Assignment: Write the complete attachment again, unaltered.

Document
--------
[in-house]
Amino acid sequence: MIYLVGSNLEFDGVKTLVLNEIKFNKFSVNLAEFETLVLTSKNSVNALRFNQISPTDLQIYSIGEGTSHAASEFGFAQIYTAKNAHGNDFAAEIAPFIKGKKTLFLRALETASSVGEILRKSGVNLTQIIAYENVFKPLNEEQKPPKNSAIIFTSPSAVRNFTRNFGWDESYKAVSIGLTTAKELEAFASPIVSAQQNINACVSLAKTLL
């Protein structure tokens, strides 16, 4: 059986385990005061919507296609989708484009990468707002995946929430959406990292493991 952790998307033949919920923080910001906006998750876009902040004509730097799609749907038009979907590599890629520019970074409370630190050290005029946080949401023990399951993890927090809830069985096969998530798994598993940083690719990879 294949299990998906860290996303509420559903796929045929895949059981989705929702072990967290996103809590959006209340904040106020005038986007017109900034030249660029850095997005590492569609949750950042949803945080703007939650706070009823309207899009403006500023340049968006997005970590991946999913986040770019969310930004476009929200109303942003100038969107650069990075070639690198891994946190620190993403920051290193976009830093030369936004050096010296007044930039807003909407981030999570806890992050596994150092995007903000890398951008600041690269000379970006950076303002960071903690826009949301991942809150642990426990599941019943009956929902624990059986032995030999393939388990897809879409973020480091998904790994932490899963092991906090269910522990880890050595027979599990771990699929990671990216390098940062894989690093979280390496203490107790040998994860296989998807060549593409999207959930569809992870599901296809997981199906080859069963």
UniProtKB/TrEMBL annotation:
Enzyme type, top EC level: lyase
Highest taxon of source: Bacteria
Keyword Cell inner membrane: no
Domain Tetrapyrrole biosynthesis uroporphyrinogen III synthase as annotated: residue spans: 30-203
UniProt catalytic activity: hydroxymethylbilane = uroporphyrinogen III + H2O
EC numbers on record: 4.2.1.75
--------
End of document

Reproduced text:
[in-house]
Amino acid sequence: MIYLVGSNLEFDGVKTLVLNEIKFNKFSVNLAEFETLVLTSKNSVNALRFNQISPTDLQIYSIGEGTSHAASEFGFAQIYTAKNAHGNDFAAEIAPFIKGKKTLFLRALETASSVGEILRKSGVNLTQIIAYENVFKPLNEEQKPPKNSAIIFTSPSAVRNFTRNFGWDESYKAVSIGLTTAKELEAFASPIVSAQQNINACVSLAKTLL
């Protein structure tokens, strides 16, 4: 059986385990005061919507296609989708484009990468707002995946929430959406990292493991 952790998307033949919920923080910001906006998750876009902040004509730097799609749907038009979907590599890629520019970074409370630190050290005029946080949401023990399951993890927090809830069985096969998530798994598993940083690719990879 294949299990998906860290996303509420559903796929045929895949059981989705929702072990967290996103809590959006209340904040106020005038986007017109900034030249660029850095997005590492569609949750950042949803945080703007939650706070009823309207899009403006500023340049968006997005970590991946999913986040770019969310930004476009929200109303942003100038969107650069990075070639690198891994946190620190993403920051290193976009830093030369936004050096010296007044930039807003909407981030999570806890992050596994150092995007903000890398951008600041690269000379970006950076303002960071903690826009949301991942809150642990426990599941019943009956929902624990059986032995030999393939388990897809879409973020480091998904790994932490899963092991906090269910522990880890050595027979599990771990699929990671990216390098940062894989690093979280390496203490107790040998994860296989998807060549593409999207959930569809992870599901296809997981199906080859069963």
UniProtKB/TrEMBL annotation:
Enzyme type, top EC level: lyase
Highest taxon of source: Bacteria
Keyword Cell inner membrane: no
Domain Tetrapyrrole biosynthesis uroporphyrinogen III synthase as annotated: residue spans: 30-203
UniProt catalytic activity: hydroxymethylbilane = uroporphyrinogen III + H2O
EC numbers on record: 4.2.1.75